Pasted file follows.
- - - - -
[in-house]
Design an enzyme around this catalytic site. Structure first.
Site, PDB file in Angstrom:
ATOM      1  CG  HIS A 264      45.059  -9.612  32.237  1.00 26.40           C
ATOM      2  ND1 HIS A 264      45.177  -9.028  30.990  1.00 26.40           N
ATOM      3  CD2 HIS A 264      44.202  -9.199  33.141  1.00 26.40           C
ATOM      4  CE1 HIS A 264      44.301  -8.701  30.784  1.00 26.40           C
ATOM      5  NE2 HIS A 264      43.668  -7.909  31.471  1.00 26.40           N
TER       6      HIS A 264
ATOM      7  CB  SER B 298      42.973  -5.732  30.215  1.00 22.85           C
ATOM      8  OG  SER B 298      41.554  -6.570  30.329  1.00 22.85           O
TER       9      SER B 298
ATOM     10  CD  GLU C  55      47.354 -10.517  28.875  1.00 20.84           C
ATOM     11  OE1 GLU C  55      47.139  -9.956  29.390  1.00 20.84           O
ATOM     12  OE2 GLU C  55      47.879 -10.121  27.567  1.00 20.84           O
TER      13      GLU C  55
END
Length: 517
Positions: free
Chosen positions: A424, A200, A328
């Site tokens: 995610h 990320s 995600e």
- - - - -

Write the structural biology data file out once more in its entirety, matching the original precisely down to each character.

[in-house]
Design an enzyme around this catalytic site. Structure first.
Site, PDB file in Angstrom:
ATOM      1  CG  HIS A 264      45.059  -9.612  32.237  1.00 26.40           C
ATOM      2  ND1 HIS A 264      45.177  -9.028  30.990  1.00 26.40           N
ATOM      3  CD2 HIS A 264      44.202  -9.199  33.141  1.00 26.40           C
ATOM      4  CE1 HIS A 264      44.301  -8.701  30.784  1.00 26.40           C
ATOM      5  NE2 HIS A 264      43.668  -7.909  31.471  1.00 26.40           N
TER       6      HIS A 264
ATOM      7  CB  SER B 298      42.973  -5.732  30.215  1.00 22.85           C
ATOM      8  OG  SER B 298      41.554  -6.570  30.329  1.00 22.85           O
TER       9      SER B 298
ATOM     10  CD  GLU C  55      47.354 -10.517  28.875  1.00 20.84           C
ATOM     11  OE1 GLU C  55      47.139  -9.956  29.390  1.00 20.84           O
ATOM     12  OE2 GLU C  55      47.879 -10.121  27.567  1.00 20.84           O
TER      13      GLU C  55
END
Length: 517
Positions: free
Chosen positions: A424, A200, A328
């Site tokens: 995610h 990320s 995600e």